Earlier this morning (also at 9:30 a.m. on a Monday, because that's when everything bad happens), you were confronted by a department director and an engineer from a software vendor who is upgrading a mission-critical application that your organization relies on. Apparently, the new version uses twice as much storage as the old version -- a net increase of 500GB. Also, they need the space this afternoon. The fact that nobody bothered to warn you about this doesn't matter -- the director in question plays golf with your boss's boss and the storage vendor flew in from San Diego and is getting paid a ridiculous hourly rate. Crunch time!

Two years ago, when you got your fancy new SAN, you were pretty sure that there was no way your company would ever use 8TB of storage. What could possibly fill that up? Now, however, you have your answer: lots of stuff. The SAN was originally purchased to store a new document imaging system, but since then, you've built a server virtualization environment on it and migrated a large chunk of your physical servers into it. Now there's barely enough free space left to take a few snapshots, much less the additional 500GB you'll need. A new shelf of storage is in the budget, but this problem needs to be solved right now.

The best option you can muster is moving a utility server off the SAN and onto a retired server with adequate direct-attached storage -- or just giving the vendor that old server instead of giving him SAN space. Neither of these options are palatable.

In the first instance, you'll be moving a server, only to move it back again later once you have available SAN space. In the second, you'll put yourself in a situation where a mission-critical server will be built on obsolete hardware.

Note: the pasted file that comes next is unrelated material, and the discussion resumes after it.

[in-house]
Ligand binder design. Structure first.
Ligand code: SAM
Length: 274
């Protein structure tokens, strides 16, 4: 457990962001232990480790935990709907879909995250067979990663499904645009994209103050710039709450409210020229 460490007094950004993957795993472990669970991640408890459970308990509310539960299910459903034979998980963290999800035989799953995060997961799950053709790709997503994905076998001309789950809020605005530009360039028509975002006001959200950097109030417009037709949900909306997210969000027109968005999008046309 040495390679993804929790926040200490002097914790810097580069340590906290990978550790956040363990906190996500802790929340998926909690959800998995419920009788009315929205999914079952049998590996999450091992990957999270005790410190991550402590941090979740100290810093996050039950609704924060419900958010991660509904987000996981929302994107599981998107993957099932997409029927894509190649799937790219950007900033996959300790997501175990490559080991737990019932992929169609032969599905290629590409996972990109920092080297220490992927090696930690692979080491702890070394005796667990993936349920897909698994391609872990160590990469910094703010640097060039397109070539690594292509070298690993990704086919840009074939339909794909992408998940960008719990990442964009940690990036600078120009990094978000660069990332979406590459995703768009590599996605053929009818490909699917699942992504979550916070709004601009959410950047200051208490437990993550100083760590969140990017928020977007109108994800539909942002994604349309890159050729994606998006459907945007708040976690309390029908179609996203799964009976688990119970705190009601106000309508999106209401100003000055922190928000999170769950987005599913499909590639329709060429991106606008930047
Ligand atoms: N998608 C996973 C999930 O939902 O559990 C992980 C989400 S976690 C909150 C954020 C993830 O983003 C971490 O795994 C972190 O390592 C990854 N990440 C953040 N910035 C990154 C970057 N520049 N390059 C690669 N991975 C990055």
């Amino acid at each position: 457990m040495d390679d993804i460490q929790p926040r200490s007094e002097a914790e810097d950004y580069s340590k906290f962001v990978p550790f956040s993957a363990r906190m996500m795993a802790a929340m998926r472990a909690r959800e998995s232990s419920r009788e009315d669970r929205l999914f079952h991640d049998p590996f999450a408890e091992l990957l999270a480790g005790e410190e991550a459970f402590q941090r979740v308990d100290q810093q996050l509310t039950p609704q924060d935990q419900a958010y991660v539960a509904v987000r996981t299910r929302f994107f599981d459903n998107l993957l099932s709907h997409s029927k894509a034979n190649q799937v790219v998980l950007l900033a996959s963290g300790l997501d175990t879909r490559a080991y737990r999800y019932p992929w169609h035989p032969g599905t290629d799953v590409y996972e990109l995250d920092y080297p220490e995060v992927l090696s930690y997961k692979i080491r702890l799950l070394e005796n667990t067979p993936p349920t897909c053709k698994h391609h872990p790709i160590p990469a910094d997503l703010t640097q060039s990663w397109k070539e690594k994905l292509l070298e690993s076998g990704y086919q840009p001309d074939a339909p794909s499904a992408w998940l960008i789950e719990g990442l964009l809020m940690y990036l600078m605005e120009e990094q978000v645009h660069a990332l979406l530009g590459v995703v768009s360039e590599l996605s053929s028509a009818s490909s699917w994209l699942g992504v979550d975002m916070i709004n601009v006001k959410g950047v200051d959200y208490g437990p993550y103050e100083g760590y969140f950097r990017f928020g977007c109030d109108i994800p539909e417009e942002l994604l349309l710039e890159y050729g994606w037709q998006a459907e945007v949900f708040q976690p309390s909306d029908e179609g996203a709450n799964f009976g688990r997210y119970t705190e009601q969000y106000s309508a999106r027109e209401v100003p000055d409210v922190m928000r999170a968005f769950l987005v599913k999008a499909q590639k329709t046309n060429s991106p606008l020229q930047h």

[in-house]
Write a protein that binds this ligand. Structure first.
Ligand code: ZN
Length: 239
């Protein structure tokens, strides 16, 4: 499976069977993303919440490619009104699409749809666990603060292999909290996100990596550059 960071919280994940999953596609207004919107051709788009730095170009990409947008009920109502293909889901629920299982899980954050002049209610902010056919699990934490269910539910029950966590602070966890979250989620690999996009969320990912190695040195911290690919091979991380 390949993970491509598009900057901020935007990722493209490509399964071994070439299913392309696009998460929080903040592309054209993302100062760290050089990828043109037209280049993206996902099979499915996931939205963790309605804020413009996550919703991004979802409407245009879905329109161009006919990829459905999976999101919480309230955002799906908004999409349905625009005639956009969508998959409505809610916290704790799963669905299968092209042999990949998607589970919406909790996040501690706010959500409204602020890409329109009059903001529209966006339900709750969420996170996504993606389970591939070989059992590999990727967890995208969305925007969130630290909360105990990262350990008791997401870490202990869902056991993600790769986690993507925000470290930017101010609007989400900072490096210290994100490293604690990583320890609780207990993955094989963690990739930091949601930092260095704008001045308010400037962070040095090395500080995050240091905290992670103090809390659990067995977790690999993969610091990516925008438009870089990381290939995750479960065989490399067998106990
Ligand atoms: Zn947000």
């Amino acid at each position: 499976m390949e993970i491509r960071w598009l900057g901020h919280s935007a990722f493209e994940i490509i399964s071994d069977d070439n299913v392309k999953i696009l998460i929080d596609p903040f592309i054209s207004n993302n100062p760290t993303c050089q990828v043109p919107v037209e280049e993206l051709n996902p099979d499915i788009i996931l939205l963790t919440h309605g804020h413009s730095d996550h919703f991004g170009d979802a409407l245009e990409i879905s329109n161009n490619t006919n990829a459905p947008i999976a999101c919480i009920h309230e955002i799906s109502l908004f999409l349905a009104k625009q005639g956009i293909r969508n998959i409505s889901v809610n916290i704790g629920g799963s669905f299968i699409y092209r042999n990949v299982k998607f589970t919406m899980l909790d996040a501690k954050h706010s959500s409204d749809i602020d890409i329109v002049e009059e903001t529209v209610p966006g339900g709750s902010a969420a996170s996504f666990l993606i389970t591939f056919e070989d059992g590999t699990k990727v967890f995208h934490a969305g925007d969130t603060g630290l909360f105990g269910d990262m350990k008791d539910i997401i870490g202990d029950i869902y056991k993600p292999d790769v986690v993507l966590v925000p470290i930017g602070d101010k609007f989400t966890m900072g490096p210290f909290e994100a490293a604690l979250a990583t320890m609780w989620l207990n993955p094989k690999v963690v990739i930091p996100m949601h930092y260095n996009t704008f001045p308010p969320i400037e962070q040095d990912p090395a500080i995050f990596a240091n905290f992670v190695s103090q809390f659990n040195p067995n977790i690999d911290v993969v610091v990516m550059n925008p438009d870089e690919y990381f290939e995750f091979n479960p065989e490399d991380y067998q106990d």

There may be another way. When initially presented with a large centralized storage device, there's often a strong tendency to overallocate the first few volumes that are created. After all, two years ago when it was installed, the new document management system was going to be "huge," according to every indicator, so giving it a 2TB volume seemed like a no-brainer.

To date, though, it has used only 600GB of that space, leaving more than 1TB unused. Unfortunately, shrinking a production NTFS volume is a risky proposition at best. Worse, you don't have enough space to create a replacement volume into which you can move that application's data and free up the space, either.

Or do you? If your SAN is worth its salt, it probably supports thin provisioning. Thin provisioning allows you to essentially free as-yet-unallocated space from an existing volume so that you can use it for other purposes.

It can also be extremely dangerous: If you eventually try to use the storage that you've freed, the SAN will really run out of space and you'll be in serious trouble. However, thin provisioning a large, overallocated volume can give you the flexibility to shuffle items around and get you out of hock. So long as you add storage resources soon after thin provisioning -- or migrate the data on the overallocated volume to a correctly sized volume and discontinue the thin provisioning -- this cheat can be invaluable in a pinch.

Putting it all together

Clearly, the best way to avoid both of these problems is to have good capacity monitoring in place and plan to add storage resources well before needing them becomes an emergency. But even the best planning can't foresee all incidents.

When you're presented with a storage capacity crisis, take the time to consider all your options and resist the temptation to go with the first idea you come up with. You may be able to find a solution that will deliver the results your users need without resigning yourself to creating an ugly ball and chain you'll be attached to forever.

This article, "How to deal with a storage capacity crisis," originally appeared at Read more of Matt Prigge's Information Overload blog and follow the latest developments in network storage and information management at